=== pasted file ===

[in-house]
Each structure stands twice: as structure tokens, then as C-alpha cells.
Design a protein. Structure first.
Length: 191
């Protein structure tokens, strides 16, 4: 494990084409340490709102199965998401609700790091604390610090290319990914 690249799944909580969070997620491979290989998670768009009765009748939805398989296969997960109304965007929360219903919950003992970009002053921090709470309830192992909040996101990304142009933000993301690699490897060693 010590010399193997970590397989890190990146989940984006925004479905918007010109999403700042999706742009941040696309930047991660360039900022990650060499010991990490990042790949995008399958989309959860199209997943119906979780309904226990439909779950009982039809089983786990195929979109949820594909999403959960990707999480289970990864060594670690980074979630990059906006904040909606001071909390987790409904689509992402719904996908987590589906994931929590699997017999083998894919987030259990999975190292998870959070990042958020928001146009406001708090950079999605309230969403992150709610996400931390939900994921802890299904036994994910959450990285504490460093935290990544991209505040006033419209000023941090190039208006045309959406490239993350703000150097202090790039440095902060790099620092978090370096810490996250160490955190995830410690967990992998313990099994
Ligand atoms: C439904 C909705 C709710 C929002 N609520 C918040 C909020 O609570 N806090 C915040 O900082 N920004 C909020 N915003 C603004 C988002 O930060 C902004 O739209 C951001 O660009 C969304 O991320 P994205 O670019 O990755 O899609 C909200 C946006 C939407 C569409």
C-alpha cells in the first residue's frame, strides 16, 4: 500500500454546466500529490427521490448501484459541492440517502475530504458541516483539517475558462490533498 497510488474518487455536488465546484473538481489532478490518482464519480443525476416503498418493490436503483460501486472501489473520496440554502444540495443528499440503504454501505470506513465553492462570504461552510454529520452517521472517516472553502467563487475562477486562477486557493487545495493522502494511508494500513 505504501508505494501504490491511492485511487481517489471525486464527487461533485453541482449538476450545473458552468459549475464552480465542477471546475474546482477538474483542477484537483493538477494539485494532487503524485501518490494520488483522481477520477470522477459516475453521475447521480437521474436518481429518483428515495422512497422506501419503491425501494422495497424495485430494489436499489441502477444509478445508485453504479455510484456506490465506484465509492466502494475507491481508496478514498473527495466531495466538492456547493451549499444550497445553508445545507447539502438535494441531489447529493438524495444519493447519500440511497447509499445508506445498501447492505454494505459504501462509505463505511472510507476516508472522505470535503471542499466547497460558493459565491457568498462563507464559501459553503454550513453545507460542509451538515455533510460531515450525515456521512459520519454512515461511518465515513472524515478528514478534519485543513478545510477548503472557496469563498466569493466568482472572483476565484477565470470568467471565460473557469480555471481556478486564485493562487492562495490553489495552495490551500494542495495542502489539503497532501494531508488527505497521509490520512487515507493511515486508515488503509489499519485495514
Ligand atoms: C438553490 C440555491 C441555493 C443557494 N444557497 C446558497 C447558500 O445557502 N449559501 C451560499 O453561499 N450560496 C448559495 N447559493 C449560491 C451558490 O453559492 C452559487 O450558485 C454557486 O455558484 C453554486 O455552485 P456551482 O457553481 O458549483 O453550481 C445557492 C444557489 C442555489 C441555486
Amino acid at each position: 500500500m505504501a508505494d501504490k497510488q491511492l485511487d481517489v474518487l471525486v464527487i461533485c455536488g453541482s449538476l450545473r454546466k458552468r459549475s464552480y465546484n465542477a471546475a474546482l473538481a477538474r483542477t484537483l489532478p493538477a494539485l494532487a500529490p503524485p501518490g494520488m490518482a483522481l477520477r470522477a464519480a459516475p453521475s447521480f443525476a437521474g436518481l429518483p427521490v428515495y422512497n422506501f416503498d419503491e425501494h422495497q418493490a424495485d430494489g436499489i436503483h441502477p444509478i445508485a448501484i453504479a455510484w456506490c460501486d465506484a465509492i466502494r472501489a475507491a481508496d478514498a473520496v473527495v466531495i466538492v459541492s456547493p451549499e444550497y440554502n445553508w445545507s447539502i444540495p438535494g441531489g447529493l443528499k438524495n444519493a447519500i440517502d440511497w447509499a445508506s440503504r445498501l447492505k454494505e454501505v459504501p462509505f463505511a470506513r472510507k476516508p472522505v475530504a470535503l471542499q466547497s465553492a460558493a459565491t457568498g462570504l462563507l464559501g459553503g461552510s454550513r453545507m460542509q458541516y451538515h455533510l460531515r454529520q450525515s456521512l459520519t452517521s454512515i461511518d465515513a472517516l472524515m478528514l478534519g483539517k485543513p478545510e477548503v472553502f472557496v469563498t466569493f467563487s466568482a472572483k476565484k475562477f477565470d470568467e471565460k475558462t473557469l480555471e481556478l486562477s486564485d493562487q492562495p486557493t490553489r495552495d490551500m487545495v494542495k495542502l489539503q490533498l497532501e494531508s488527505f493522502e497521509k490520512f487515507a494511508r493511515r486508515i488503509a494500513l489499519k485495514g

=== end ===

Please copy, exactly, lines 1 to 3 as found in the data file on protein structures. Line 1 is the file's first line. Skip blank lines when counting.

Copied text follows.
[in-house]
Each structure stands twice: as structure tokens, then as C-alpha cells.
Design a protein. Structure first.